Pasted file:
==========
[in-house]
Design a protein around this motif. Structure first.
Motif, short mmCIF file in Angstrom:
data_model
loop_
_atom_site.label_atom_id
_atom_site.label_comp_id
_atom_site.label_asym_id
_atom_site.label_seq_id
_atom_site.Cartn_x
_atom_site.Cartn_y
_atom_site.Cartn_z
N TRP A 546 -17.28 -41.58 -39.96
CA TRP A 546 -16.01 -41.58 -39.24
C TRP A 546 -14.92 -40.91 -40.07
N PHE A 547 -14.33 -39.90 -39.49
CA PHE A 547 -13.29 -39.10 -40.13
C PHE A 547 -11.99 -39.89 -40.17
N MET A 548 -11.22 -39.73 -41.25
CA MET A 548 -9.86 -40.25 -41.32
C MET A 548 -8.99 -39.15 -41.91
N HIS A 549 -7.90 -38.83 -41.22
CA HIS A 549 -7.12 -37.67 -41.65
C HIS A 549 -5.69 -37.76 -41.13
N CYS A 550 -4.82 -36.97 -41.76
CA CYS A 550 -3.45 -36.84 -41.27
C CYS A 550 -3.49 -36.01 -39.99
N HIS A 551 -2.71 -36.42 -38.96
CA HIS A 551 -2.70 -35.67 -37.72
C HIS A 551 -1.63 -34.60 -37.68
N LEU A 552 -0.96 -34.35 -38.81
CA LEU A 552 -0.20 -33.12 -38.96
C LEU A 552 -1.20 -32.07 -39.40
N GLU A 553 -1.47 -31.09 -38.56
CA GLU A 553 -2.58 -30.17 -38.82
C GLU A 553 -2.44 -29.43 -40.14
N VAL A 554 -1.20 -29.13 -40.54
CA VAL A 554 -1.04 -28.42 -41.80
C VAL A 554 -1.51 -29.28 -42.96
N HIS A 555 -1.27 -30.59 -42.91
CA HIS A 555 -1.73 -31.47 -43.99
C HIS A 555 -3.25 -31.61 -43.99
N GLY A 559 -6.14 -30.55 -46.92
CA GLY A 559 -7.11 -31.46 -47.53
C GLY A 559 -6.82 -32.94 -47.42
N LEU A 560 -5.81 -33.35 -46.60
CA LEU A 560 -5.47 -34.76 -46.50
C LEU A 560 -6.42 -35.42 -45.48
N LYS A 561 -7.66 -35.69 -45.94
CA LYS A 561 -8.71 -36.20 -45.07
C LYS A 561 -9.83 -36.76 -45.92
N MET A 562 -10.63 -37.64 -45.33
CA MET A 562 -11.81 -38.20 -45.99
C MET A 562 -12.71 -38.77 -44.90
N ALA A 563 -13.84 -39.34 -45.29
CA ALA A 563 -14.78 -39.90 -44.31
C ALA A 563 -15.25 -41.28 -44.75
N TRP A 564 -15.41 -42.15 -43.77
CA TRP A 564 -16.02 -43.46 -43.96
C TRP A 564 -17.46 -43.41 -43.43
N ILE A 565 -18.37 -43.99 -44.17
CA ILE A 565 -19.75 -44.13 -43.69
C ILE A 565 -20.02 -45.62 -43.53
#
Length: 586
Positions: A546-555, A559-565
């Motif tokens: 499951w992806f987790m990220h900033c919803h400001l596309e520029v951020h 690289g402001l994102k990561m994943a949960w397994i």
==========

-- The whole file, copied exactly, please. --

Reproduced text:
[in-house]
Design a protein around this motif. Structure first.
Motif, short mmCIF file in Angstrom:
data_model
loop_
_atom_site.label_atom_id
_atom_site.label_comp_id
_atom_site.label_asym_id
_atom_site.label_seq_id
_atom_site.Cartn_x
_atom_site.Cartn_y
_atom_site.Cartn_z
N TRP A 546 -17.28 -41.58 -39.96
CA TRP A 546 -16.01 -41.58 -39.24
C TRP A 546 -14.92 -40.91 -40.07
N PHE A 547 -14.33 -39.90 -39.49
CA PHE A 547 -13.29 -39.10 -40.13
C PHE A 547 -11.99 -39.89 -40.17
N MET A 548 -11.22 -39.73 -41.25
CA MET A 548 -9.86 -40.25 -41.32
C MET A 548 -8.99 -39.15 -41.91
N HIS A 549 -7.90 -38.83 -41.22
CA HIS A 549 -7.12 -37.67 -41.65
C HIS A 549 -5.69 -37.76 -41.13
N CYS A 550 -4.82 -36.97 -41.76
CA CYS A 550 -3.45 -36.84 -41.27
C CYS A 550 -3.49 -36.01 -39.99
N HIS A 551 -2.71 -36.42 -38.96
CA HIS A 551 -2.70 -35.67 -37.72
C HIS A 551 -1.63 -34.60 -37.68
N LEU A 552 -0.96 -34.35 -38.81
CA LEU A 552 -0.20 -33.12 -38.96
C LEU A 552 -1.20 -32.07 -39.40
N GLU A 553 -1.47 -31.09 -38.56
CA GLU A 553 -2.58 -30.17 -38.82
C GLU A 553 -2.44 -29.43 -40.14
N VAL A 554 -1.20 -29.13 -40.54
CA VAL A 554 -1.04 -28.42 -41.80
C VAL A 554 -1.51 -29.28 -42.96
N HIS A 555 -1.27 -30.59 -42.91
CA HIS A 555 -1.73 -31.47 -43.99
C HIS A 555 -3.25 -31.61 -43.99
N GLY A 559 -6.14 -30.55 -46.92
CA GLY A 559 -7.11 -31.46 -47.53
C GLY A 559 -6.82 -32.94 -47.42
N LEU A 560 -5.81 -33.35 -46.60
CA LEU A 560 -5.47 -34.76 -46.50
C LEU A 560 -6.42 -35.42 -45.48
N LYS A 561 -7.66 -35.69 -45.94
CA LYS A 561 -8.71 -36.20 -45.07
C LYS A 561 -9.83 -36.76 -45.92
N MET A 562 -10.63 -37.64 -45.33
CA MET A 562 -11.81 -38.20 -45.99
C MET A 562 -12.71 -38.77 -44.90
N ALA A 563 -13.84 -39.34 -45.29
CA ALA A 563 -14.78 -39.90 -44.31
C ALA A 563 -15.25 -41.28 -44.75
N TRP A 564 -15.41 -42.15 -43.77
CA TRP A 564 -16.02 -43.46 -43.96
C TRP A 564 -17.46 -43.41 -43.43
N ILE A 565 -18.37 -43.99 -44.17
CA ILE A 565 -19.75 -44.13 -43.69
C ILE A 565 -20.02 -45.62 -43.53
#
Length: 586
Positions: A546-555, A559-565
């Motif tokens: 499951w992806f987790m990220h900033c919803h400001l596309e520029v951020h 690289g402001l994102k990561m994943a949960w397994i």